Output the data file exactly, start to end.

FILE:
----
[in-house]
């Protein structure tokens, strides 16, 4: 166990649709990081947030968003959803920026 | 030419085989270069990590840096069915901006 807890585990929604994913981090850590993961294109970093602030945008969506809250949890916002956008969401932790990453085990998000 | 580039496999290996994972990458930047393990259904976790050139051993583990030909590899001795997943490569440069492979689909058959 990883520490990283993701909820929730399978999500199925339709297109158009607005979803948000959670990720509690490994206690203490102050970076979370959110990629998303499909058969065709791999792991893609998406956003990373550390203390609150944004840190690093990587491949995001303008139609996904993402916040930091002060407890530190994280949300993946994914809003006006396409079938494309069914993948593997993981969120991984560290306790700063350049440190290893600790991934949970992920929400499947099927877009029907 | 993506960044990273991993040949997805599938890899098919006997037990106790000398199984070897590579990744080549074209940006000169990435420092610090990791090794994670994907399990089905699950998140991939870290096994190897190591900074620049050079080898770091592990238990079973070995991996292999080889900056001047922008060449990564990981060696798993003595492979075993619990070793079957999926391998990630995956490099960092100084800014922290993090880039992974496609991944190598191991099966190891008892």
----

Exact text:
[in-house]
């Protein structure tokens, strides 16, 4: 166990649709990081947030968003959803920026 | 030419085989270069990590840096069915901006 807890585990929604994913981090850590993961294109970093602030945008969506809250949890916002956008969401932790990453085990998000 | 580039496999290996994972990458930047393990259904976790050139051993583990030909590899001795997943490569440069492979689909058959 990883520490990283993701909820929730399978999500199925339709297109158009607005979803948000959670990720509690490994206690203490102050970076979370959110990629998303499909058969065709791999792991893609998406956003990373550390203390609150944004840190690093990587491949995001303008139609996904993402916040930091002060407890530190994280949300993946994914809003006006396409079938494309069914993948593997993981969120991984560290306790700063350049440190290893600790991934949970992920929400499947099927877009029907 | 993506960044990273991993040949997805599938890899098919006997037990106790000398199984070897590579990744080549074209940006000169990435420092610090990791090794994670994907399990089905699950998140991939870290096994190897190591900074620049050079080898770091592990238990079973070995991996292999080889900056001047922008060449990564990981060696798993003595492979075993619990070793079957999926391998990630995956490099960092100084800014922290993090880039992974496609991944190598191991099966190891008892």